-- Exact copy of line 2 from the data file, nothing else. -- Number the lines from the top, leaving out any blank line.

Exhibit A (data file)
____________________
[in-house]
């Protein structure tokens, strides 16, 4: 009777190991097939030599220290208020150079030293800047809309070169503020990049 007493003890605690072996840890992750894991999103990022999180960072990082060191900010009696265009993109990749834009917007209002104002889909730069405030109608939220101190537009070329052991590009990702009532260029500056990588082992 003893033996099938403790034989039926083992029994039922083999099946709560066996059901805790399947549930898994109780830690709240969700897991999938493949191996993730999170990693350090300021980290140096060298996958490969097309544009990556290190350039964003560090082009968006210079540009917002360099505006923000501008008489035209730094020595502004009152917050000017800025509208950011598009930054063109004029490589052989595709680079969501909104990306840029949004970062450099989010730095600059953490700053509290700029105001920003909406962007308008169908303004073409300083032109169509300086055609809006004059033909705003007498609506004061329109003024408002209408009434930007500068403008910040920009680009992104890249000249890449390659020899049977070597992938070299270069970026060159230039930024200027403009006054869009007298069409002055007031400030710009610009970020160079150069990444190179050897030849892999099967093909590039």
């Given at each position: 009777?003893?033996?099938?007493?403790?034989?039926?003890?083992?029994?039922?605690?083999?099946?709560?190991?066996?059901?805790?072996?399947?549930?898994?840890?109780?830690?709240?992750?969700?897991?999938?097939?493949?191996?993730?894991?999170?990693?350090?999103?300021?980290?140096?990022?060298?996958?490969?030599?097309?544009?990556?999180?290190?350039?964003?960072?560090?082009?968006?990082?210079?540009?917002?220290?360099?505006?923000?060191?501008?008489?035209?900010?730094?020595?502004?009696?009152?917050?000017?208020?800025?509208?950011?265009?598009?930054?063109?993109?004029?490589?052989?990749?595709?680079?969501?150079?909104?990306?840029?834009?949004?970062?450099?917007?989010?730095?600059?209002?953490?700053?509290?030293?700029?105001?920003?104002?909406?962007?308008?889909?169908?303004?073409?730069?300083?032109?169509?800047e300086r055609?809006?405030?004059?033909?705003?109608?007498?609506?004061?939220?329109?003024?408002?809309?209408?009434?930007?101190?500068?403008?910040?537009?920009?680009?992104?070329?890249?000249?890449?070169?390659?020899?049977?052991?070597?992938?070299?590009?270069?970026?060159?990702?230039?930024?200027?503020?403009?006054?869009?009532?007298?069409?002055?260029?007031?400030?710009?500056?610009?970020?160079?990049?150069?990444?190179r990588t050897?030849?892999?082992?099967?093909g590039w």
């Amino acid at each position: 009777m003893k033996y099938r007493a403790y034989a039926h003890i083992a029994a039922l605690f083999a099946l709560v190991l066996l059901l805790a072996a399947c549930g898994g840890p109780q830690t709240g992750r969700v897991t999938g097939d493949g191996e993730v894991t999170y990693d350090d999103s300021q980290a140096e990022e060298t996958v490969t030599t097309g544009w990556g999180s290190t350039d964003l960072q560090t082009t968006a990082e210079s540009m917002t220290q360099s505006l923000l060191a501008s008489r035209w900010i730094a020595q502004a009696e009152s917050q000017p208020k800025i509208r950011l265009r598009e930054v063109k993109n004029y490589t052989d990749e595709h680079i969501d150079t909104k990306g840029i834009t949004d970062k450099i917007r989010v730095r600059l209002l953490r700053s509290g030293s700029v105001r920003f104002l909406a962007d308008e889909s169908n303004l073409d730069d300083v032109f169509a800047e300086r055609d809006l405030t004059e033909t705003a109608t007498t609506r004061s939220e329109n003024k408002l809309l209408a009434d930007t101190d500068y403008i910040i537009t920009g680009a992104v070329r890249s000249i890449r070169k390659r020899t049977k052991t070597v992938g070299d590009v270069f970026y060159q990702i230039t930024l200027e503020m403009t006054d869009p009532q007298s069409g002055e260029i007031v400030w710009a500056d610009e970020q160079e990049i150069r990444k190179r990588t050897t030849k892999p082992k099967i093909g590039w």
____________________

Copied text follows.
């Protein structure tokens, strides 16, 4: 009777190991097939030599220290208020150079030293800047809309070169503020990049 007493003890605690072996840890992750894991999103990022999180960072990082060191900010009696265009993109990749834009917007209002104002889909730069405030109608939220101190537009070329052991590009990702009532260029500056990588082992 003893033996099938403790034989039926083992029994039922083999099946709560066996059901805790399947549930898994109780830690709240969700897991999938493949191996993730999170990693350090300021980290140096060298996958490969097309544009990556290190350039964003560090082009968006210079540009917002360099505006923000501008008489035209730094020595502004009152917050000017800025509208950011598009930054063109004029490589052989595709680079969501909104990306840029949004970062450099989010730095600059953490700053509290700029105001920003909406962007308008169908303004073409300083032109169509300086055609809006004059033909705003007498609506004061329109003024408002209408009434930007500068403008910040920009680009992104890249000249890449390659020899049977070597992938070299270069970026060159230039930024200027403009006054869009007298069409002055007031400030710009610009970020160079150069990444190179050897030849892999099967093909590039």